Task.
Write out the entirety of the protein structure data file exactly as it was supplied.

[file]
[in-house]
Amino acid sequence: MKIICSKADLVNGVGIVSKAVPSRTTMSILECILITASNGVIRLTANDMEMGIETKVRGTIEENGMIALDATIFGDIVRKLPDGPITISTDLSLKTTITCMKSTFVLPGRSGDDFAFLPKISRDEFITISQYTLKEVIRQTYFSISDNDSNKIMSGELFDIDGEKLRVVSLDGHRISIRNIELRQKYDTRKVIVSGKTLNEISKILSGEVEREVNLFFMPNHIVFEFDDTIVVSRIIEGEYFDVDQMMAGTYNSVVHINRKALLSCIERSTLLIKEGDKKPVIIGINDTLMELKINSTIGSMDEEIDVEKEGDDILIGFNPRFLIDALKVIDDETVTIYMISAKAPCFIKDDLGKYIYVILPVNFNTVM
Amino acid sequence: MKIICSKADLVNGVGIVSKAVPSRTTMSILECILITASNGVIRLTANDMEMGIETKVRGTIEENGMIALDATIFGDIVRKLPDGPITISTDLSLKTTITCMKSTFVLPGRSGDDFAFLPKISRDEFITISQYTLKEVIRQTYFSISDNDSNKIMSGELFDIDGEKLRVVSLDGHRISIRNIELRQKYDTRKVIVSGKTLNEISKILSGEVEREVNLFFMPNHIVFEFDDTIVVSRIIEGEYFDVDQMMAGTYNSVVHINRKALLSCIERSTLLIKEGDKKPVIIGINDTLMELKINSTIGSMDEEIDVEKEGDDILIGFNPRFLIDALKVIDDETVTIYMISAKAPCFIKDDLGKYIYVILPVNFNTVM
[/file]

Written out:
[in-house]
Amino acid sequence: MKIICSKADLVNGVGIVSKAVPSRTTMSILECILITASNGVIRLTANDMEMGIETKVRGTIEENGMIALDATIFGDIVRKLPDGPITISTDLSLKTTITCMKSTFVLPGRSGDDFAFLPKISRDEFITISQYTLKEVIRQTYFSISDNDSNKIMSGELFDIDGEKLRVVSLDGHRISIRNIELRQKYDTRKVIVSGKTLNEISKILSGEVEREVNLFFMPNHIVFEFDDTIVVSRIIEGEYFDVDQMMAGTYNSVVHINRKALLSCIERSTLLIKEGDKKPVIIGINDTLMELKINSTIGSMDEEIDVEKEGDDILIGFNPRFLIDALKVIDDETVTIYMISAKAPCFIKDDLGKYIYVILPVNFNTVM
Amino acid sequence: MKIICSKADLVNGVGIVSKAVPSRTTMSILECILITASNGVIRLTANDMEMGIETKVRGTIEENGMIALDATIFGDIVRKLPDGPITISTDLSLKTTITCMKSTFVLPGRSGDDFAFLPKISRDEFITISQYTLKEVIRQTYFSISDNDSNKIMSGELFDIDGEKLRVVSLDGHRISIRNIELRQKYDTRKVIVSGKTLNEISKILSGEVEREVNLFFMPNHIVFEFDDTIVVSRIIEGEYFDVDQMMAGTYNSVVHINRKALLSCIERSTLLIKEGDKKPVIIGINDTLMELKINSTIGSMDEEIDVEKEGDDILIGFNPRFLIDALKVIDDETVTIYMISAKAPCFIKDDLGKYIYVILPVNFNTVM